The solution was implemented across very large and diversely located workforce, with workers within branches conducting daily manual handling tasks, and delivery drivers. Each worker set up and managed their own progress through the program via the app, tracking their data and participating in 3 – 5 minute chunks of daily learning. As the SoterCoach solution is scalable across on-site and delivery workers who do not spend time on site, a large number of workers achieved their goal of reducing injury risk without impacting their time. All the data was made available to management via a web-based dashboard and was used for debriefing sessions following the program, encouraging workers to share their experiences and recommendations of alterations to their work.
Mr. Budhdev reported that not only has user-engagement been positive and enthusiastic, the reduction of high-risk movements has been paramount. “In one simple instance, the device highlighted that one of our colleagues was bending at a low level roughly around 100 times a day so by easily moving some things around we have saved around 26,000 high-risk bending movements in a year, you can appreciate that small device pointing us in the right direction”.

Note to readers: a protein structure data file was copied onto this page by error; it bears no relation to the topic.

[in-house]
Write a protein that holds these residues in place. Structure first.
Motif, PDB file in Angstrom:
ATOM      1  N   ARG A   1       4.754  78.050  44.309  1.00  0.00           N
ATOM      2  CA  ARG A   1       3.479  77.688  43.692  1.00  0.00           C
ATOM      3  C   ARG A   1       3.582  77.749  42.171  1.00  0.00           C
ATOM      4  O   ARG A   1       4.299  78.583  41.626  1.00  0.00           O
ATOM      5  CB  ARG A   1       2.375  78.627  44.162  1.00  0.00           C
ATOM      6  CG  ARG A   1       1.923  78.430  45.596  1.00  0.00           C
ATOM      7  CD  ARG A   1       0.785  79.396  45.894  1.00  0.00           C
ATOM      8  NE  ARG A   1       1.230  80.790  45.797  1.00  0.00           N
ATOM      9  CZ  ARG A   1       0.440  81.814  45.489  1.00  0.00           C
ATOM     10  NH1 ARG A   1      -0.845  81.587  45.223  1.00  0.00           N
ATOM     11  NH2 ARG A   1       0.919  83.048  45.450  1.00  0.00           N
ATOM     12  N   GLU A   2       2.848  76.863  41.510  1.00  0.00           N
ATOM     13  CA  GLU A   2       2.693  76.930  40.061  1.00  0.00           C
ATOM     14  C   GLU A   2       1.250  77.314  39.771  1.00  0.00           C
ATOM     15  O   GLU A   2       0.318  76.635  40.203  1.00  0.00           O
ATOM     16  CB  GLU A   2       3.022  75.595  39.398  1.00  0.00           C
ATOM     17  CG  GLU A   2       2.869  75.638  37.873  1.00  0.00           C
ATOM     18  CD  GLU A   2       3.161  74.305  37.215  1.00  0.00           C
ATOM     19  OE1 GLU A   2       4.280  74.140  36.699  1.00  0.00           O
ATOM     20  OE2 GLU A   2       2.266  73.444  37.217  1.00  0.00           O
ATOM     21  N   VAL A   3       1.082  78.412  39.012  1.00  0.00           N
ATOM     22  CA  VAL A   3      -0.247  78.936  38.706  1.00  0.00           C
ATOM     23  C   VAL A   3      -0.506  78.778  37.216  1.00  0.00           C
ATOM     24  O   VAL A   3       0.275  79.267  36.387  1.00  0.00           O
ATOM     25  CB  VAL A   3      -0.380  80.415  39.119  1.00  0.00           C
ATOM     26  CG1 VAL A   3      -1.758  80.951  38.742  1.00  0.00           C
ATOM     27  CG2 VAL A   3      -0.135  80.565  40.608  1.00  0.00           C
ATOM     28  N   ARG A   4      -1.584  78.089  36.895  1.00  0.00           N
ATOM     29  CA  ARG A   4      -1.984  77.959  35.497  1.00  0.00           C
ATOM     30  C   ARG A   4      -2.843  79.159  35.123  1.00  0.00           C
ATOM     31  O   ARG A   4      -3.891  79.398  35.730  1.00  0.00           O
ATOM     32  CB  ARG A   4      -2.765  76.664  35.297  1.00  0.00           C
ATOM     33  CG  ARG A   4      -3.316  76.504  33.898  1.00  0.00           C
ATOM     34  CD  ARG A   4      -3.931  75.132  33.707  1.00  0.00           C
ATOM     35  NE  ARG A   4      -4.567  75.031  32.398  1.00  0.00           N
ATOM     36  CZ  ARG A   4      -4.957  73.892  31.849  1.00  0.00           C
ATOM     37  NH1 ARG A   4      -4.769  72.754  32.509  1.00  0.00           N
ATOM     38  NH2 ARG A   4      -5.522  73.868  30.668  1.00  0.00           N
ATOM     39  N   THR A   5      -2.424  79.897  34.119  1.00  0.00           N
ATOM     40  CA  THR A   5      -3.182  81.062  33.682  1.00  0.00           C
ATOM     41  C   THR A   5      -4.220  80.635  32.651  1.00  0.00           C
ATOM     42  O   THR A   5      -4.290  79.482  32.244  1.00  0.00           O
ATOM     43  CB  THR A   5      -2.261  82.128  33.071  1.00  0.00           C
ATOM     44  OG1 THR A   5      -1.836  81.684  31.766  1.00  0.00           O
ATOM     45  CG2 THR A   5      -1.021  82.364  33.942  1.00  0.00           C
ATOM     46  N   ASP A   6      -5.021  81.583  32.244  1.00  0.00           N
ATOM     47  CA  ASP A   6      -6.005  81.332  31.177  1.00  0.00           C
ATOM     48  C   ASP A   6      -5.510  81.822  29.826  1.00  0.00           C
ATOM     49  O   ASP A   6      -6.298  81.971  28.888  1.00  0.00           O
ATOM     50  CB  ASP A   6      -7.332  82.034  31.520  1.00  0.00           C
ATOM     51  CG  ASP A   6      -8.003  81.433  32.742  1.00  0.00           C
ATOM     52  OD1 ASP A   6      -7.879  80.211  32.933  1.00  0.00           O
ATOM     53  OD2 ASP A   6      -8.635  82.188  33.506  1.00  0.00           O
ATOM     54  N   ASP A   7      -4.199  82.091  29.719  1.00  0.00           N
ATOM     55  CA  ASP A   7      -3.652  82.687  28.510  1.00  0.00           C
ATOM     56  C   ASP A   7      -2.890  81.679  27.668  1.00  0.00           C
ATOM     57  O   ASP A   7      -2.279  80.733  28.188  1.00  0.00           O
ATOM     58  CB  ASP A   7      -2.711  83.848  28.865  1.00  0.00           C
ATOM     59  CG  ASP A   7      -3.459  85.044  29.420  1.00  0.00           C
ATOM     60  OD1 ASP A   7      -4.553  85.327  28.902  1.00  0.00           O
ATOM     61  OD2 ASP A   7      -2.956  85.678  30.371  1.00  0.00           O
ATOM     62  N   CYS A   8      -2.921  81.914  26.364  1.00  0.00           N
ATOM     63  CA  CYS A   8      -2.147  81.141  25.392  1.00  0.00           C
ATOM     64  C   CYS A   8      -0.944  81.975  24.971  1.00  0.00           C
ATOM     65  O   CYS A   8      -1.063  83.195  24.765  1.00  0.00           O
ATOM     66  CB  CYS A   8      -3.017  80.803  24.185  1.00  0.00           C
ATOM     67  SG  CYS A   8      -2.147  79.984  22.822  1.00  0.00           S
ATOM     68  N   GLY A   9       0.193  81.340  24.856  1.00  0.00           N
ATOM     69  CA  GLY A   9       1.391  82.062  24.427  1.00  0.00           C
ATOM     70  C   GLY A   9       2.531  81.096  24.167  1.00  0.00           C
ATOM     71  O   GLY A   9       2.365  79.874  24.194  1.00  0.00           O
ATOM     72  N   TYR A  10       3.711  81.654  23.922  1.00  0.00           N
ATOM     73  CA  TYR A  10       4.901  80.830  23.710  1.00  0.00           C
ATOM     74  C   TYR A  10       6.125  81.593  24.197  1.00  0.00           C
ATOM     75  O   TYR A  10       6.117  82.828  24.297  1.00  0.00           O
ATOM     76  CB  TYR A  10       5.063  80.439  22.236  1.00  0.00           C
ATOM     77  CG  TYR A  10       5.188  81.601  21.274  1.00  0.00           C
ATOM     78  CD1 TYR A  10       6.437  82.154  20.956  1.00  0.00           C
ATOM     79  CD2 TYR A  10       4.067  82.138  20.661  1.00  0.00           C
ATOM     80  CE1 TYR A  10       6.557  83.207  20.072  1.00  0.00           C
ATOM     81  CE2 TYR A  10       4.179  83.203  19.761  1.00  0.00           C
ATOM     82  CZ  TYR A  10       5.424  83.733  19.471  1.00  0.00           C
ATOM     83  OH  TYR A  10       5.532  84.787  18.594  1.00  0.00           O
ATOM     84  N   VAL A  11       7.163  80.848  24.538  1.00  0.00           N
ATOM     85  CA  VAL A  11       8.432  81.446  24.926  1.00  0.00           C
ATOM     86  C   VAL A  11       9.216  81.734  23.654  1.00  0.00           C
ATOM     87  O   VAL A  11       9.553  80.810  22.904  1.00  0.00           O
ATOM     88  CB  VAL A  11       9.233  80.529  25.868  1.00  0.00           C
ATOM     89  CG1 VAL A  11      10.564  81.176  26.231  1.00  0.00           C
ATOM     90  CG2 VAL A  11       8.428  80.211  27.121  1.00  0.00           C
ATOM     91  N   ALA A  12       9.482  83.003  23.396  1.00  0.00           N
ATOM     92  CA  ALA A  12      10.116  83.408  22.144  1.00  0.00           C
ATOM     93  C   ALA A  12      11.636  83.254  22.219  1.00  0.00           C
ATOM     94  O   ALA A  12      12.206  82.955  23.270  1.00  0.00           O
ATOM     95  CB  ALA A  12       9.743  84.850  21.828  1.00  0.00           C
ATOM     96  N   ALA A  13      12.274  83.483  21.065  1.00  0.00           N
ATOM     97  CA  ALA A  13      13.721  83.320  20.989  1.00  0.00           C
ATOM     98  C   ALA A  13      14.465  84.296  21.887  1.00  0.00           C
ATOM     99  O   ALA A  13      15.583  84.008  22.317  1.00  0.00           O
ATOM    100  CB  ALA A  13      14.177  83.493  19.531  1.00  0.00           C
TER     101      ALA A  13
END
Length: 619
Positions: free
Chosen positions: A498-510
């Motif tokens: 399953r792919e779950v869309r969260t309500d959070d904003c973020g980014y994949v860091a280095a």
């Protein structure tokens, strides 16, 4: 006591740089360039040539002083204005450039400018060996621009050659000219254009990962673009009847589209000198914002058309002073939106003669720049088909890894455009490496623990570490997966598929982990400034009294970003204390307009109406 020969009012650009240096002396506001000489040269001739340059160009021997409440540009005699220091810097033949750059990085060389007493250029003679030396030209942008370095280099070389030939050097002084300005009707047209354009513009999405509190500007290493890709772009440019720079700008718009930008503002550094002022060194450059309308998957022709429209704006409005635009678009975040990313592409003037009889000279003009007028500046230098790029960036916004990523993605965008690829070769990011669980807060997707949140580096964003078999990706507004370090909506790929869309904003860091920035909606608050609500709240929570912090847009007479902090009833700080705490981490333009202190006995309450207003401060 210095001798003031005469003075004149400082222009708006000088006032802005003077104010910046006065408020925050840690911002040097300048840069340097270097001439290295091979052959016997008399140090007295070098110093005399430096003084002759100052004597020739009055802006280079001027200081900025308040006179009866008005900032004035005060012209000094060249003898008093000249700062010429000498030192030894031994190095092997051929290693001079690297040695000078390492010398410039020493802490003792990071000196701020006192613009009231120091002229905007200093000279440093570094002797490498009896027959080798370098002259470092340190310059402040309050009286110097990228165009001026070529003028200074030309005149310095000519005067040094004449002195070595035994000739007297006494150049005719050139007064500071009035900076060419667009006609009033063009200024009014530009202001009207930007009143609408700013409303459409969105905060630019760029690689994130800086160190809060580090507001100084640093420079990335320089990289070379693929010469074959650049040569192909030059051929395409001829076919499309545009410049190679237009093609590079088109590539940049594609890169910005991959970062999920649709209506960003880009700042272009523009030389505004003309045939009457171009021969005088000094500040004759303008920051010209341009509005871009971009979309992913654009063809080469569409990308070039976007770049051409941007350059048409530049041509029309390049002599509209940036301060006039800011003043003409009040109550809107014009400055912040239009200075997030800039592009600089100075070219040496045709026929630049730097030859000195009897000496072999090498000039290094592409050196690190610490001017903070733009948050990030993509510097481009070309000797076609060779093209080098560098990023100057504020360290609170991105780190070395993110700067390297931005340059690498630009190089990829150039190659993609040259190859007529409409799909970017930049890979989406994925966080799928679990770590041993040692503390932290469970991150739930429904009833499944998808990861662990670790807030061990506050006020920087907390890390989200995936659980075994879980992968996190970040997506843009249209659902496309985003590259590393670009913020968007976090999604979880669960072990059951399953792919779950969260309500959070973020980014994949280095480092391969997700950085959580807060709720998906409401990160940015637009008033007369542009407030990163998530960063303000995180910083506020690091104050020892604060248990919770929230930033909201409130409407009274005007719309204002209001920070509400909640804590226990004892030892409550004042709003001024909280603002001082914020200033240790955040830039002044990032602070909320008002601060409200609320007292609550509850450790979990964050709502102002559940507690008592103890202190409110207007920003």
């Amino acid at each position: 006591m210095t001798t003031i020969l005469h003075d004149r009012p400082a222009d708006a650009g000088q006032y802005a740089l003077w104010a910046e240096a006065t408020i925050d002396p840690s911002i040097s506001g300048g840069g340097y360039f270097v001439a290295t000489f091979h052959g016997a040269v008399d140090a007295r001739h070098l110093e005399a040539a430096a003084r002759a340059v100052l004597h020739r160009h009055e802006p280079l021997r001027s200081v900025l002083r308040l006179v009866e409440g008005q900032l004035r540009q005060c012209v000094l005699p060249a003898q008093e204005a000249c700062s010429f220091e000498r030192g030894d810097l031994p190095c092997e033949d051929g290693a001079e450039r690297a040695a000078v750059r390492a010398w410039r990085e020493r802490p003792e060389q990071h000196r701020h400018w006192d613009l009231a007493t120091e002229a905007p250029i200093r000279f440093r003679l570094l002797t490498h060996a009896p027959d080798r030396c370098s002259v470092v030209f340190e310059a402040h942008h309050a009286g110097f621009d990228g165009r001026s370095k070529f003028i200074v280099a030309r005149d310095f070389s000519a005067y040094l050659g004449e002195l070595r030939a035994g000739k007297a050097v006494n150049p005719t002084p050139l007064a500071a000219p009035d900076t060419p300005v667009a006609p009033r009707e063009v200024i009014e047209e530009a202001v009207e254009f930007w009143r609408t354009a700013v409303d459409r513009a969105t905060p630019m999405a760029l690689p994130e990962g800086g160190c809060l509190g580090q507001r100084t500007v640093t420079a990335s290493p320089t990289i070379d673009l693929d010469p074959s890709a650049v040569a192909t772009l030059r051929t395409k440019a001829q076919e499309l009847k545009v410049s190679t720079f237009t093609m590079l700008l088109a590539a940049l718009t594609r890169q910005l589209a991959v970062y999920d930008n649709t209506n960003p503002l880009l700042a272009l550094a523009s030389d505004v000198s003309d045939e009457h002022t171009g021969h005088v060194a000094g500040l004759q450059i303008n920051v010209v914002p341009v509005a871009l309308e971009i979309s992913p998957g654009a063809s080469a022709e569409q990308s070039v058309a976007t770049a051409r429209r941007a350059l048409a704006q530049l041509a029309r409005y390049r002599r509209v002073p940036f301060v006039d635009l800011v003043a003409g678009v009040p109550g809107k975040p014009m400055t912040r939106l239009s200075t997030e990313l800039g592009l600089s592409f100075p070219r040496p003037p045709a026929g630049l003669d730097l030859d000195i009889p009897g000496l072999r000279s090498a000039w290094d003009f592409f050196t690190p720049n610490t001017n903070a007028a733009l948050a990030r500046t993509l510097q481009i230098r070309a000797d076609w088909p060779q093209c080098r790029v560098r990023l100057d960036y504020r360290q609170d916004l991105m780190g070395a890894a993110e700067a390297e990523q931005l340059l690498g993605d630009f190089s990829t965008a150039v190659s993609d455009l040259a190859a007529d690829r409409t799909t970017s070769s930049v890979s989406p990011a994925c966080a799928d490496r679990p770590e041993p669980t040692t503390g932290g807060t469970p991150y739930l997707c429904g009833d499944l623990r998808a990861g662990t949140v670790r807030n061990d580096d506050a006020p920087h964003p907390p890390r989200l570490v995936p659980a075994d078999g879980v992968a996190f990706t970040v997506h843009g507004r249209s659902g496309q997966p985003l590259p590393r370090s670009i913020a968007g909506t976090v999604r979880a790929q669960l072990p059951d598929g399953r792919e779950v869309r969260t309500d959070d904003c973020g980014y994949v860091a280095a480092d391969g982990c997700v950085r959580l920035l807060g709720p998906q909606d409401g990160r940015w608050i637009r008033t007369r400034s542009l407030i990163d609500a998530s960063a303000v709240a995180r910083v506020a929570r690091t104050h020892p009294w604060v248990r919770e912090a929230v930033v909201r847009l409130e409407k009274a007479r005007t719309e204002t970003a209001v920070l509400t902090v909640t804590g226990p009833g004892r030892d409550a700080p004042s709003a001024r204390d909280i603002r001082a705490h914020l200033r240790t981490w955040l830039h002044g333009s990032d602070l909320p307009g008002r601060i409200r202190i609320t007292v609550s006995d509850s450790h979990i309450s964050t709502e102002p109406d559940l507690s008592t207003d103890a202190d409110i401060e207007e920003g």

Here we present strong evidence for the use of wearable technology and analytics in industry, when used by health and safety professionals in collaboration with industrial workers, to identify risky tasks or environments and elicit data-driven reasons for making investment into automations or engineered solutions. This is an update on out-dated and inaccurate ergonomic assessment, combined with a consistent and engaging approach to manual handling without the loss of time to a classroom, and allowing on-site ergonomists to deploy their time to solving problems rather than trying to find them.
About Soter Analytics
Soter Analytics is a global safety science company producing AI-supported wearable solutions that reduce the risk of ergonomic injuries in the workplace. Soter wearables are widely used in logistics, manufacturing, healthcare and other industries, helping leading companies to prevent up to 55% of back & shoulder musculoskeletal injuries.
- Marras, W. (2000). Occupational low back disorder causation and control. Ergonomics, 43(7), 880–902.
- Punt, M., Nematimoez, M., Van Dieën, J., Kingma, I., & Punt, M. (2019). Real-time feedback to reduce low-back load in lifting and lowering. Journal of Biomechanics, 109513–109513.